Christmas blues by Quentin Bates

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Without wanting to snarl ‘Bah Humbug’ at every turn, Ebeneezer Scrooge has my much of my sympathy. The old winter solstice festival, hijacked centuries ago by those Christian types and re-invented as the birthday of Christ, isn’t my favourite time of year.

Fair enough, I grew up in an ostensibly Christian country, but wasn’t brought up as a Christian and I certainly wouldn’t call myself one. Organised religion in all its myriad forms is something I can’t help feeling is a blend of snake oil salesmanship and a triumph of hope over experience, but that’s another matter.

I’d love to see Christmas boycotted in grand style. The fundamentals of Christianity and of most religions, which come down to a basic code of ethics for people who had to get along with each other to survive in a hard world, have long been lost from whatever Christmas was once about. Or maybe Christmas has been determinedly commercial for a lot longer than I’d imagine?

What was a festival of peace, reconciliation and family in the past – as the original pagan winter solstice festival probably also was, along with the birth of the new year and the days finally starting to lengthen – has become an frenzy of consumerism that far too many people quite literally buy right into without a second’s thought; the worst of it being that in the rough-and-tumble of hard-nosed commerce, Christmas begins a few days earlier every year. The natural progression of things presumably means that eventually one Christmas will start right on top of the previous one, maybe with a day or two off here and there for New Year, Easter and August Bank Holiday.

Shops wheel out the Christmas tat pretty much as soon as children go back to school in September. It disappears for a few days around Halloween (a brand new festival in this part of the world, and a fine vehicle for another variety of overpriced disposable tat), and then it’s out again with a vengeance, accompanied by that heinous crime against humanity, Christmas muzak. Some people don’t notice muzak. It just floats over their heads, part of the scenery. I’m not one of them. Muzak at the best of times is a stone in the shoe, grit in the eye, an irritant. Christmas muzak, especially accompanied by sleigh bells, is enough to drive a man to distraction. It drives me out of shops that I’d otherwise tolerate, not screaming, but sometimes wanting to.

But it’s the sheer, bare-faced commercialism of it that grates; and I say this (hypocritically) as I fervently hope that a few of my books will change hands, even wrapped in fancy paper and ribbons. I’d even go so far as to say that a book is the only perfectly acceptable Christmas gift, but I may be biased on that score.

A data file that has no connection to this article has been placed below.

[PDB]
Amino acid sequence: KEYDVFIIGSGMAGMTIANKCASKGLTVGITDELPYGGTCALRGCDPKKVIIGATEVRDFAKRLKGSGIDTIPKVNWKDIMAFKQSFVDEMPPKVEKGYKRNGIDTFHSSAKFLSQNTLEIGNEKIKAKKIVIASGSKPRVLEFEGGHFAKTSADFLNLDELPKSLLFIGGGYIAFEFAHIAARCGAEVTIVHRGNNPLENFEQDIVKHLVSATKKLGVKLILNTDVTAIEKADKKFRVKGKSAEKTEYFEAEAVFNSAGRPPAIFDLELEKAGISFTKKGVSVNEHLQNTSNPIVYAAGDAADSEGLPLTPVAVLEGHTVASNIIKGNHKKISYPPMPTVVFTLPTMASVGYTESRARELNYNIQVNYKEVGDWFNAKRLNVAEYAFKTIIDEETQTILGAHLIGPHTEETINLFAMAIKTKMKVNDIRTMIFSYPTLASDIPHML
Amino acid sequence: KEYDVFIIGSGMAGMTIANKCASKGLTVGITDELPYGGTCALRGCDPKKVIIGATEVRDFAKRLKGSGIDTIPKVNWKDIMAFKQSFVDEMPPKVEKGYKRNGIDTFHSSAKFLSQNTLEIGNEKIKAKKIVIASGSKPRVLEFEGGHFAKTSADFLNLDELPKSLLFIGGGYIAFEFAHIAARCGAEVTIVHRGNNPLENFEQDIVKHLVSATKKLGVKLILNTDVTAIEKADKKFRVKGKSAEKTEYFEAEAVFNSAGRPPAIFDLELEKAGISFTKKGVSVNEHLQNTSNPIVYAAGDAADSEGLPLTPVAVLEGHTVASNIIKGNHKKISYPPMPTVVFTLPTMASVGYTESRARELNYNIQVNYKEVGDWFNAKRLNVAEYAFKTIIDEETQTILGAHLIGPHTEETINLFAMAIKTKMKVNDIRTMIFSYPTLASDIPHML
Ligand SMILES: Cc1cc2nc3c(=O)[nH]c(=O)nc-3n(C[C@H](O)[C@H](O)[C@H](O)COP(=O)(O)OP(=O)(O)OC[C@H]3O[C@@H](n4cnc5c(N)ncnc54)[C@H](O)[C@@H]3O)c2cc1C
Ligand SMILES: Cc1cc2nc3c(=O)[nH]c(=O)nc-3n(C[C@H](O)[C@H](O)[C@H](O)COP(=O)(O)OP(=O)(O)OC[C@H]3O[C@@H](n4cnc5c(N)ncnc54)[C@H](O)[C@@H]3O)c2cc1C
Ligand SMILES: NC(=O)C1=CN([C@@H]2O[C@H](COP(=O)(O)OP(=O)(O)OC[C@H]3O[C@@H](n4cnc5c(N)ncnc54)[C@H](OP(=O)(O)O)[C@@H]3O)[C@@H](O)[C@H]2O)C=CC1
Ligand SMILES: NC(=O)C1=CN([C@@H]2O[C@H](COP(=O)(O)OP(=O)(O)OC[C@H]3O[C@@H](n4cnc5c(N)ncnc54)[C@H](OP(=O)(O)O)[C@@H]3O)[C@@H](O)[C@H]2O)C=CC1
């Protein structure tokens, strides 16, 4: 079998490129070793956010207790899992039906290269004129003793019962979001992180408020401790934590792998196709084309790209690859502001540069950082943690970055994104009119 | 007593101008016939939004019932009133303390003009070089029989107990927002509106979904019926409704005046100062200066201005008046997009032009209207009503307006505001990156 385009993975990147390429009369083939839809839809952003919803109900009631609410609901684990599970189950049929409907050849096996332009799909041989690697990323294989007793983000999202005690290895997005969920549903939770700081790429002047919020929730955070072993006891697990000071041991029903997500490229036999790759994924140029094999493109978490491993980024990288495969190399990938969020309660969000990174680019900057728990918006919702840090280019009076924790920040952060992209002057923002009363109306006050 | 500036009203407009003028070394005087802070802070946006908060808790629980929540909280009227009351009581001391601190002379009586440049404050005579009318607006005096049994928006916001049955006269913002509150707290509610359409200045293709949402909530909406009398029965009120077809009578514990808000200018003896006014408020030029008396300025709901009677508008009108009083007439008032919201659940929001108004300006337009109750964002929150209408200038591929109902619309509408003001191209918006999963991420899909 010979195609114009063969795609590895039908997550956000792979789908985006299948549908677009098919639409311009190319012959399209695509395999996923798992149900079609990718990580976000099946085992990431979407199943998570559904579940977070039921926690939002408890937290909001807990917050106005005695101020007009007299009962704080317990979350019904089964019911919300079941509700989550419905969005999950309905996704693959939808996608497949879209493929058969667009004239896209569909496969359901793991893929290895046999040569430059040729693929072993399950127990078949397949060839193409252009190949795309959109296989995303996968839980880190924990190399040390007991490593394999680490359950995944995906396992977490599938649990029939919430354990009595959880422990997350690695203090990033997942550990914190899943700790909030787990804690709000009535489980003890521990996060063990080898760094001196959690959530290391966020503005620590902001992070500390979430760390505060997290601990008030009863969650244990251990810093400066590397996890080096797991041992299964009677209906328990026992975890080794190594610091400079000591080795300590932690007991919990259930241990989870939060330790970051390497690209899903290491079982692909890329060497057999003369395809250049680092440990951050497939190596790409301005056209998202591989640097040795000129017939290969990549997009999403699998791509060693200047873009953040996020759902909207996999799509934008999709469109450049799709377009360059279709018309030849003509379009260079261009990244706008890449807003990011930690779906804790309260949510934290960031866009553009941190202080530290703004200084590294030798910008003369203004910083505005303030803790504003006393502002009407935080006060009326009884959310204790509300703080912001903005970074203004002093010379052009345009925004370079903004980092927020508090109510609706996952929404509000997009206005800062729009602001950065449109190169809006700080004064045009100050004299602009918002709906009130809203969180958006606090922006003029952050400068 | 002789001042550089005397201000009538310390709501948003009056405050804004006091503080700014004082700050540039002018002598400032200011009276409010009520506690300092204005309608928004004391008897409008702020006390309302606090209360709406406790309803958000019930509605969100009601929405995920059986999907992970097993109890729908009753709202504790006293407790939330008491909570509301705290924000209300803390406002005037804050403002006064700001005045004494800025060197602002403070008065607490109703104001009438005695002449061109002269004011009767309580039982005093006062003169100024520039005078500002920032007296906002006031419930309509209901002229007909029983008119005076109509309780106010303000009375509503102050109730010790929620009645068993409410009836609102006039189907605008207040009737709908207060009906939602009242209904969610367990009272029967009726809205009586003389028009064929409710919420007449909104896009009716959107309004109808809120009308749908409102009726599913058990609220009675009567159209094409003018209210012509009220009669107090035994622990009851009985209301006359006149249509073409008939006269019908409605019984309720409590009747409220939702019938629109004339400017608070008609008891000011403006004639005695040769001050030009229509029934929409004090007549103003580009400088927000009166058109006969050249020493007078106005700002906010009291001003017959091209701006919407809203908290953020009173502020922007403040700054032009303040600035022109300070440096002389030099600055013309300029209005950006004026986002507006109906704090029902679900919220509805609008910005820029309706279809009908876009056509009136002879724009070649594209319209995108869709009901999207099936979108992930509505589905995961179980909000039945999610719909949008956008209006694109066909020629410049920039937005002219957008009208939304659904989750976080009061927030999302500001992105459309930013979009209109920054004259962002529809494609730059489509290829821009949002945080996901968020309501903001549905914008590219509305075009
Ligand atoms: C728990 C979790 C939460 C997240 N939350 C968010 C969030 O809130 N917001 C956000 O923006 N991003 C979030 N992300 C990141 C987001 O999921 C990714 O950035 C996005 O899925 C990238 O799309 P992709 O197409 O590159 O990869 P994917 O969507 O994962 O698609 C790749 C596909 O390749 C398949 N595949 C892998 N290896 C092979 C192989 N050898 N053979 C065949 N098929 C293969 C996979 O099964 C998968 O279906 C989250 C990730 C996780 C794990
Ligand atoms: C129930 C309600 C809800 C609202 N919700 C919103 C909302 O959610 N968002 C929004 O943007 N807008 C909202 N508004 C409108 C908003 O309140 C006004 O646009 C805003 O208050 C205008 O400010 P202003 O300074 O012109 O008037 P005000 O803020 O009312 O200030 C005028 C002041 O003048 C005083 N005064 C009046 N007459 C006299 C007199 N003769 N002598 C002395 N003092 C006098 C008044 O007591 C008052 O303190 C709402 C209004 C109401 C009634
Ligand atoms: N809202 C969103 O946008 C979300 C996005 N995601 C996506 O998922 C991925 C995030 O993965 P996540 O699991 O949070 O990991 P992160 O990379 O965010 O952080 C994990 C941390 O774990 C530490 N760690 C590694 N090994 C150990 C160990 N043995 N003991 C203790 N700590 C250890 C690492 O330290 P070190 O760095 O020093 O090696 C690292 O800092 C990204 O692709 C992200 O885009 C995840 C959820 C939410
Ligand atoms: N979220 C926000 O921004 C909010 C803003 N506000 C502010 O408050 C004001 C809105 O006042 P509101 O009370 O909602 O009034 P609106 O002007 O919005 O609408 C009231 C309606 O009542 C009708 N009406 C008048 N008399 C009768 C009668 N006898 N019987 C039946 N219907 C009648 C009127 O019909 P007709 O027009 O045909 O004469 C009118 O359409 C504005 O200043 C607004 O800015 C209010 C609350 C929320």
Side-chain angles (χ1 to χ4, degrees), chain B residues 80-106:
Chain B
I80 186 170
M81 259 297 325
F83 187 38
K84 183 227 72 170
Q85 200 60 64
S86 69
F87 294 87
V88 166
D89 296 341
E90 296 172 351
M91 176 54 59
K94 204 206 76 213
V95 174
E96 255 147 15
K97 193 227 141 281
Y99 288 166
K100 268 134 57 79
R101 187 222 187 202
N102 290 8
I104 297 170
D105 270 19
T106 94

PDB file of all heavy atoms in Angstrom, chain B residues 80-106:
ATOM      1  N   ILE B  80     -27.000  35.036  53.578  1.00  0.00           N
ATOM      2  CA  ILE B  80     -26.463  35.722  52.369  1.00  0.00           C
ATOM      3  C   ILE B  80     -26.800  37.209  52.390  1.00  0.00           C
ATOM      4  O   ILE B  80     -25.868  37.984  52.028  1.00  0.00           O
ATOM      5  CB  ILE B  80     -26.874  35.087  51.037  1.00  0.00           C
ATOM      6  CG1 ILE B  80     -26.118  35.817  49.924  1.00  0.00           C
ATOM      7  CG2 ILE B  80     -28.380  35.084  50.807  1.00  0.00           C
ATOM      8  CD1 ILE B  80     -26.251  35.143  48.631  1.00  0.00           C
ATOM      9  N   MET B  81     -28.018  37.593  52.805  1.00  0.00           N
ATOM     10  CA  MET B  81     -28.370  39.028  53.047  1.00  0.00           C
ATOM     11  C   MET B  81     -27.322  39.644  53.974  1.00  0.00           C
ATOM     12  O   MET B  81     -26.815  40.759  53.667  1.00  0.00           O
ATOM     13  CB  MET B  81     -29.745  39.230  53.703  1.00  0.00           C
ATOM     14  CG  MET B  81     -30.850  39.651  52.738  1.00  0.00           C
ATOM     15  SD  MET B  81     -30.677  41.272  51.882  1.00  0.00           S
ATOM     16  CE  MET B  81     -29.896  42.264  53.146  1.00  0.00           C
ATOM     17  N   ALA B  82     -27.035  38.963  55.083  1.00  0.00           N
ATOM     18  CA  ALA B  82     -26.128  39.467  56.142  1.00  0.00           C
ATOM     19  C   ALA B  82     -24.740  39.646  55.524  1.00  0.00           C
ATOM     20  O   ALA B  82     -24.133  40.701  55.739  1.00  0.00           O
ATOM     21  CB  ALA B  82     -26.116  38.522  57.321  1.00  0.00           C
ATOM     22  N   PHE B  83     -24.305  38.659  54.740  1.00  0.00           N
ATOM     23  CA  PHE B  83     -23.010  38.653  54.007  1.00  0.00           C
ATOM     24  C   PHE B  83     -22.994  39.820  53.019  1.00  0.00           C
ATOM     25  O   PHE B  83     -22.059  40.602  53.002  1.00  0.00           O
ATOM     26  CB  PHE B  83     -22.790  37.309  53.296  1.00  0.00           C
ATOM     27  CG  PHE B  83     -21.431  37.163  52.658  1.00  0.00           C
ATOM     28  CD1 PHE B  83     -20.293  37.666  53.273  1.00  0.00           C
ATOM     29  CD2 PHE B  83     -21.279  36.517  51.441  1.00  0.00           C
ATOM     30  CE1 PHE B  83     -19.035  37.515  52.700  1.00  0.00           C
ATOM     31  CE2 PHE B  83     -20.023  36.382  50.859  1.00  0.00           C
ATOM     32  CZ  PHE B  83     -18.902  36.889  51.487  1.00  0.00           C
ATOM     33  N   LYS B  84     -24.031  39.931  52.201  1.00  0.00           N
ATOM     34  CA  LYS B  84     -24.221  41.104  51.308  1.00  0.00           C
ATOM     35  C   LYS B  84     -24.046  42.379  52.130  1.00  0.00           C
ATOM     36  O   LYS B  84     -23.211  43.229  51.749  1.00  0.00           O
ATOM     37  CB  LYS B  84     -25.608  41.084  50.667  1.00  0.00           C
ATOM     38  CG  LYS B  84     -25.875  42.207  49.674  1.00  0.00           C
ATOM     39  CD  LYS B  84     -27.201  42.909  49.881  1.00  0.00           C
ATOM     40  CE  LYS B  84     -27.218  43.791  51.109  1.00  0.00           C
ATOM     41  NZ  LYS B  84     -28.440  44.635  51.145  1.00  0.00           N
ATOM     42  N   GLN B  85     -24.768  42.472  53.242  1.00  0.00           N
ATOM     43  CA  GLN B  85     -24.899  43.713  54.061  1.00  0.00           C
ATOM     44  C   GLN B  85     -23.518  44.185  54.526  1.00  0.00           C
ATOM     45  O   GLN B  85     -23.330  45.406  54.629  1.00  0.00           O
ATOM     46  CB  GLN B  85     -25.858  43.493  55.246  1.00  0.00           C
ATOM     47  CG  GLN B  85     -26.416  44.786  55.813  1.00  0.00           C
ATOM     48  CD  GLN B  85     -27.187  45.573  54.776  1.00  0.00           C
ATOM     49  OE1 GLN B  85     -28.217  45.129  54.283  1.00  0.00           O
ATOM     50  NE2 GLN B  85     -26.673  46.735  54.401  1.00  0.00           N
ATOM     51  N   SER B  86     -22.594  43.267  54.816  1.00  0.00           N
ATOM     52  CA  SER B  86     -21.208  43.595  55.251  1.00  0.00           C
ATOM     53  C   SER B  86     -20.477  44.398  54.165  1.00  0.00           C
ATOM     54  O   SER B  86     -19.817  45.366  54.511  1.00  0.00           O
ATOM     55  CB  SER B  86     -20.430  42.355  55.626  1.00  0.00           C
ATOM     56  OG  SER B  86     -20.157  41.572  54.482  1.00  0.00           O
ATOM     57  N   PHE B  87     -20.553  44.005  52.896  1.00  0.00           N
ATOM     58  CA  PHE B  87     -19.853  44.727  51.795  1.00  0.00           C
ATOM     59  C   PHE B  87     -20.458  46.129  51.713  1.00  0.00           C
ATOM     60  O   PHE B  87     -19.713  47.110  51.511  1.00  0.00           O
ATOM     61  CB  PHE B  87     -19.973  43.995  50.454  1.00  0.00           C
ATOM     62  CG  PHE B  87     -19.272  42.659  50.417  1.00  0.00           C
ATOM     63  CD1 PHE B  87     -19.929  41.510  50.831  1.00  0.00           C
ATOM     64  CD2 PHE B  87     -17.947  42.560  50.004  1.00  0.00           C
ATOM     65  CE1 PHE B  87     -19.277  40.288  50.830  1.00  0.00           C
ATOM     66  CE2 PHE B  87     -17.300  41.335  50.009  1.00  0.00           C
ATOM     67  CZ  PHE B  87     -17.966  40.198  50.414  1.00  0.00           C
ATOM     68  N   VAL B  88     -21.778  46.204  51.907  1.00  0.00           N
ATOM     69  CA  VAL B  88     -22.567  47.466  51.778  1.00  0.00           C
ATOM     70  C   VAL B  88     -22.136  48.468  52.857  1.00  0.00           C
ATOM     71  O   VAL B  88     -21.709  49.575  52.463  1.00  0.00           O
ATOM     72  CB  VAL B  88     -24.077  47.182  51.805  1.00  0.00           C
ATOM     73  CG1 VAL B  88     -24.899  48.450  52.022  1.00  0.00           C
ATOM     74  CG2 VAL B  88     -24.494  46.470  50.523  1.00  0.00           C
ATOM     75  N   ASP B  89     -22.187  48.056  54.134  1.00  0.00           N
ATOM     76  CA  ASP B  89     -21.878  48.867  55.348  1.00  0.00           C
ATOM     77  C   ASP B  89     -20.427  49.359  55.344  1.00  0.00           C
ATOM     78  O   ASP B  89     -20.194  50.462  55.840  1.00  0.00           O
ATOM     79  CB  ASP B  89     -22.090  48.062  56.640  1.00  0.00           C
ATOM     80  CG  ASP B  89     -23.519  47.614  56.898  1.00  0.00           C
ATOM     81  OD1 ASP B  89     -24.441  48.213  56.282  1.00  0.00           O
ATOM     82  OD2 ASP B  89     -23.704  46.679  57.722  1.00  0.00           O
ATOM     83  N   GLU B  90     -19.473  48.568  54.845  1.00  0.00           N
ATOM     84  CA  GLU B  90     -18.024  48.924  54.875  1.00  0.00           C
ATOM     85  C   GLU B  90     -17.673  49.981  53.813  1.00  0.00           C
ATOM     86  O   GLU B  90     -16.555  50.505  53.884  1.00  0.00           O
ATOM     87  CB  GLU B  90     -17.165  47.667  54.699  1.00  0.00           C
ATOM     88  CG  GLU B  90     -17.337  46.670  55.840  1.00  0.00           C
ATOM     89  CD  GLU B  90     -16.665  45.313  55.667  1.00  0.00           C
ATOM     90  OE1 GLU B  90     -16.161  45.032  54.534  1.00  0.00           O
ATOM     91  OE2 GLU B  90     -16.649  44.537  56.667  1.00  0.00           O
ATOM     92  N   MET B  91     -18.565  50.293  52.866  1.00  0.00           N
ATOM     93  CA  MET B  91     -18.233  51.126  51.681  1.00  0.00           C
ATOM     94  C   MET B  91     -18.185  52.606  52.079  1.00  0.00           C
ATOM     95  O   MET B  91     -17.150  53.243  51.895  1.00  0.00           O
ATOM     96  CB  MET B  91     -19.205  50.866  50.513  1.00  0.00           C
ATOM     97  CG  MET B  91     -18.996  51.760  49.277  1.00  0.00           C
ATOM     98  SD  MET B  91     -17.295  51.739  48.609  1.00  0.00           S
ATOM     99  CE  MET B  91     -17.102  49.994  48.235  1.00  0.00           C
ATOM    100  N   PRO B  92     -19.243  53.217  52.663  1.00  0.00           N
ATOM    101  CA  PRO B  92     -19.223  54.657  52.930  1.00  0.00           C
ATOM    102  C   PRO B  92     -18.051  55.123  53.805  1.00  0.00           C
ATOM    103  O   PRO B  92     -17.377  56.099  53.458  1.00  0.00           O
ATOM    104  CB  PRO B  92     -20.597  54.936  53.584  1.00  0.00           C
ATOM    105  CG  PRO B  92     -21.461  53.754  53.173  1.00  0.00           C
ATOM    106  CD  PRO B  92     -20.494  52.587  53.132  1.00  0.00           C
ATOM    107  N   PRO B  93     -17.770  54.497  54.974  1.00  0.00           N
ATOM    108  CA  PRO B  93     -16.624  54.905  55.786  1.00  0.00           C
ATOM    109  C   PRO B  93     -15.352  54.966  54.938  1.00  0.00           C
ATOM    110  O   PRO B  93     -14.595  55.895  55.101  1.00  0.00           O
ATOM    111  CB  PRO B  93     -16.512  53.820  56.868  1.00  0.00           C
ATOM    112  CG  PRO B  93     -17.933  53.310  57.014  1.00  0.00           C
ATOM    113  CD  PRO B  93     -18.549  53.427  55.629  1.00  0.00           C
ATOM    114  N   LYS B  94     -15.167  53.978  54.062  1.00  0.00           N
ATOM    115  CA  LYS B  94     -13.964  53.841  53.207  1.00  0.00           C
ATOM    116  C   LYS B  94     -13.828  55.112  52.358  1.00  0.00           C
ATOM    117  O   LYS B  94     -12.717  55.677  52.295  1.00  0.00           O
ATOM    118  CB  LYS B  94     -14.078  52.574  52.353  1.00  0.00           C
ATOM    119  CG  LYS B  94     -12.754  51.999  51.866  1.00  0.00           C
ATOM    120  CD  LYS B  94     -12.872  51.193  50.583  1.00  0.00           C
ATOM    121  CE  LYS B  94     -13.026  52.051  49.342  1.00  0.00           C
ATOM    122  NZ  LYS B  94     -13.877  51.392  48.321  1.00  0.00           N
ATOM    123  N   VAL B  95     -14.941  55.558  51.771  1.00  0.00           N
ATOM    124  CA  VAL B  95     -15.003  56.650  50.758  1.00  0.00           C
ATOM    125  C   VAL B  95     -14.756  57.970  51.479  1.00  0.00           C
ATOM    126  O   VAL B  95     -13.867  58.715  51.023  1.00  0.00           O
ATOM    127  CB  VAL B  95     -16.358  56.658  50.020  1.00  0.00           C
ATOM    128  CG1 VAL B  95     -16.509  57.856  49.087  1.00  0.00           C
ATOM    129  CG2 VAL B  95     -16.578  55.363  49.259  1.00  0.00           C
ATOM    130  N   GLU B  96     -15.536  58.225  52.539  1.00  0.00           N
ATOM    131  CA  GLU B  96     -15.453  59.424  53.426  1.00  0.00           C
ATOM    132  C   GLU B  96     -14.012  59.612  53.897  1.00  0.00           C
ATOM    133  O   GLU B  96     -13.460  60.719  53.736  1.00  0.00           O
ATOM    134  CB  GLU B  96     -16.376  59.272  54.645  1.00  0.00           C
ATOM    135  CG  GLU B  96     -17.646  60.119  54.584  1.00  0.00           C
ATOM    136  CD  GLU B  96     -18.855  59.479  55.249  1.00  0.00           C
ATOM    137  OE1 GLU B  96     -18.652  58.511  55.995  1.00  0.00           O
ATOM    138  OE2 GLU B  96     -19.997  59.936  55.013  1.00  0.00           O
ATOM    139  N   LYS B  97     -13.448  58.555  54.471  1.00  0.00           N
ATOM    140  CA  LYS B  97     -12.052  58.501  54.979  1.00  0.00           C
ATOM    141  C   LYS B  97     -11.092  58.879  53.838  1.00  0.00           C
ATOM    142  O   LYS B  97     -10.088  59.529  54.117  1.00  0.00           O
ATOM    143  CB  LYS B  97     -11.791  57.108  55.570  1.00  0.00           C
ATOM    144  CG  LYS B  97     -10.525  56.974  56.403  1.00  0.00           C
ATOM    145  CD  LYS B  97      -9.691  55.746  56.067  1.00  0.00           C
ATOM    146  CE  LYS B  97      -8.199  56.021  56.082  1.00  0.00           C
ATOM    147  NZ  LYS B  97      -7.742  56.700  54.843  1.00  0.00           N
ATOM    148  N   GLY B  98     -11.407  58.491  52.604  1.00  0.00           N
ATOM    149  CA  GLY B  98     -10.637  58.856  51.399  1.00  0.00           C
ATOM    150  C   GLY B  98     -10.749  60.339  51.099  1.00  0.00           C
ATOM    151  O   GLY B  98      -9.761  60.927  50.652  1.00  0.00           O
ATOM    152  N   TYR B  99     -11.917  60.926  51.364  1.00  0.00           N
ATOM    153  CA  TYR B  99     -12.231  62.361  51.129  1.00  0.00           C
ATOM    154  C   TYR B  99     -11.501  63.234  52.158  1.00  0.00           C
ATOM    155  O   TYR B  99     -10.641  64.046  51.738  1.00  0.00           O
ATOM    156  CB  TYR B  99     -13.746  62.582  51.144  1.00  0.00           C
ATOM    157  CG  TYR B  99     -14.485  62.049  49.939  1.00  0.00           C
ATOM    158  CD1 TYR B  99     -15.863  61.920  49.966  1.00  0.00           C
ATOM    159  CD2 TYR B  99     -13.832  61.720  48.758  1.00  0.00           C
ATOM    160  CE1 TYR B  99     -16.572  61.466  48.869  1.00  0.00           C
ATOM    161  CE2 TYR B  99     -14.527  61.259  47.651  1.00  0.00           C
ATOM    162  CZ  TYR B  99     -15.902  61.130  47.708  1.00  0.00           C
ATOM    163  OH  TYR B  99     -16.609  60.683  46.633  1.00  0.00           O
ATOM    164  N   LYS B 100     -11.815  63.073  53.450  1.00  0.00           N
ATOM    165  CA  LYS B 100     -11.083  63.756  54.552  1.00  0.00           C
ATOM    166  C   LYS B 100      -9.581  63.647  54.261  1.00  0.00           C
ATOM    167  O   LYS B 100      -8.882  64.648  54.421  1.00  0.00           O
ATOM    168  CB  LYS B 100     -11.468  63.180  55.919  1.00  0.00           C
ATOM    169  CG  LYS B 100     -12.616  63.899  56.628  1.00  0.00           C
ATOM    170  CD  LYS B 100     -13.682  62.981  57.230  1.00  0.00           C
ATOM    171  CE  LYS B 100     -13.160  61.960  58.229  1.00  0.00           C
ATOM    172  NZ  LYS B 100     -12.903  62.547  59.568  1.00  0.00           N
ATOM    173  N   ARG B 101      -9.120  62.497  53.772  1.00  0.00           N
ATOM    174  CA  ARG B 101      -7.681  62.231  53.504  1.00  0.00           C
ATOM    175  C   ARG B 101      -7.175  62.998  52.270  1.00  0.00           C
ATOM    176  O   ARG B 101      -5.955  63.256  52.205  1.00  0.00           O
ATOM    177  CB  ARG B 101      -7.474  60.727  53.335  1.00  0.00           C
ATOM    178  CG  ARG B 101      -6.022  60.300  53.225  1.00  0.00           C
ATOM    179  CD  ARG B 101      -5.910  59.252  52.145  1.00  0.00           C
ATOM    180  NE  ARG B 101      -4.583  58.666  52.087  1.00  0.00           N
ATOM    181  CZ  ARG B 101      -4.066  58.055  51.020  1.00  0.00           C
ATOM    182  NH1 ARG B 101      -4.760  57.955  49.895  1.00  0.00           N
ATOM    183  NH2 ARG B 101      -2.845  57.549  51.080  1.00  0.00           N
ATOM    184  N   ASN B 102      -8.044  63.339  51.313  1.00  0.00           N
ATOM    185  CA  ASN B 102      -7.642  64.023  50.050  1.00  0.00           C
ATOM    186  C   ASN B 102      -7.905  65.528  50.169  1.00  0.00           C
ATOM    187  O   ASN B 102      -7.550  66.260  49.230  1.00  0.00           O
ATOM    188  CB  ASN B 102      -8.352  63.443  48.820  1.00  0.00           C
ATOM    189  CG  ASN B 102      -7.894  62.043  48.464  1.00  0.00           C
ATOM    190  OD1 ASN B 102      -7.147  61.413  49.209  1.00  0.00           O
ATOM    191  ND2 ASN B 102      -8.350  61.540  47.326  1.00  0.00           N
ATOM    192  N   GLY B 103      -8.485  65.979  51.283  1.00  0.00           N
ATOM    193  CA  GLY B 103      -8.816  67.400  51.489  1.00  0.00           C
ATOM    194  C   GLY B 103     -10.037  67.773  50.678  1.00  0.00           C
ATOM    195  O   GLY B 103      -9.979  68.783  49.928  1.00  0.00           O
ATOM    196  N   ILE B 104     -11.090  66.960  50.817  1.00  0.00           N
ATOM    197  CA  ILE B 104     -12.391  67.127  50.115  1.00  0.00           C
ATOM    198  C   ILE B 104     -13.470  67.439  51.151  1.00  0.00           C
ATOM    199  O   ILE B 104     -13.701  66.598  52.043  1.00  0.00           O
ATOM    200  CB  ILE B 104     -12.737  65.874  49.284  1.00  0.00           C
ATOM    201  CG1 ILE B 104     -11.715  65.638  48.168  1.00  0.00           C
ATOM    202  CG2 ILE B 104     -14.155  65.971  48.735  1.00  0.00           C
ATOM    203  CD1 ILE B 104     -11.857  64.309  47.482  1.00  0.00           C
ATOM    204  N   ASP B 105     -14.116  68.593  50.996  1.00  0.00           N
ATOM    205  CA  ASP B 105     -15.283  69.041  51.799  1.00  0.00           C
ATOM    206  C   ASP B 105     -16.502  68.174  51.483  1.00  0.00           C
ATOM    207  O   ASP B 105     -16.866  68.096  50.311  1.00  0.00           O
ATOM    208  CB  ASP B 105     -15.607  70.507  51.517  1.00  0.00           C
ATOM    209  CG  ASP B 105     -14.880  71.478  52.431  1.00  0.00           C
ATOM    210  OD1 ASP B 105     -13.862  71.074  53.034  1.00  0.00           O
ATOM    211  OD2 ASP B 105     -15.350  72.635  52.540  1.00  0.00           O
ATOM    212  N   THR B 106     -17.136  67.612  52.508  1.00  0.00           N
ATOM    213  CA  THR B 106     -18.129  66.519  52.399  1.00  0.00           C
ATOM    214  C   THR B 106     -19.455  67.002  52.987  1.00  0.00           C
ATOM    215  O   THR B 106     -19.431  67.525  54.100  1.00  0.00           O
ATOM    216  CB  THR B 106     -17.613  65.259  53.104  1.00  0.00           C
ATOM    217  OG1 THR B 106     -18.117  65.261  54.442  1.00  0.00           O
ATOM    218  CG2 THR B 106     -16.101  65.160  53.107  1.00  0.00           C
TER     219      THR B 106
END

Christmas in Britain owes much to Queen Victoria, who appropriated a few German customs such as scattering your living room floor with pine needles, customs that Prince Albert presumably brought with him; and to Coca-Cola, who invented Santa Claus. All right, the legend of Saint Nicholas and the stuff about the presents goes back a bit further than that, but the white-whiskered old chap in the red suit and the John Lennon glasses was dreamed up by the advertising department of the one of the world’s leading purveyors of toothrot.

There’s another three weeks until Christmas, but we’re being bombarded from every angle by exhortations to buy this or that item of extortionately-priced seasonal junk (batteries not included) as the tempo is steadily ratcheted up. The mantra ‘it’s not Christmas until you’ve bought…’ is starting to wear thin, mainly because it isn’t Christmas yet anyway. Maybe December should just be renamed Christmas? Unfortunately, by the time Christmas does finally roll around, some of us have already had enough of it.

Then there are the parts of Christmas I appreciate. I’m not a complete reincarnation of Ebeneezer Scrooge. I like the few days when work comes to a standstill and some slow time is spent with friends and relatives, preferably over a meal that hasn’t been rustled up in a hurry, and the precious opportunity to lie back and read a book, cover to cover, at one sitting.

I get on fine with the peace and goodwill bit of it as well, and it would suit me just fine if that could be spread across the rest of the year as well. Even an avowed heathen like me can get on with the good sense behind some of the outlandish ideas put forward by a decent Jewish chap who got himself in the soup for saying people shouldn’t treat each other like crap. But it seems that bit of it gets forgotten in the rush to get the shopping done.

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Quentin Bates

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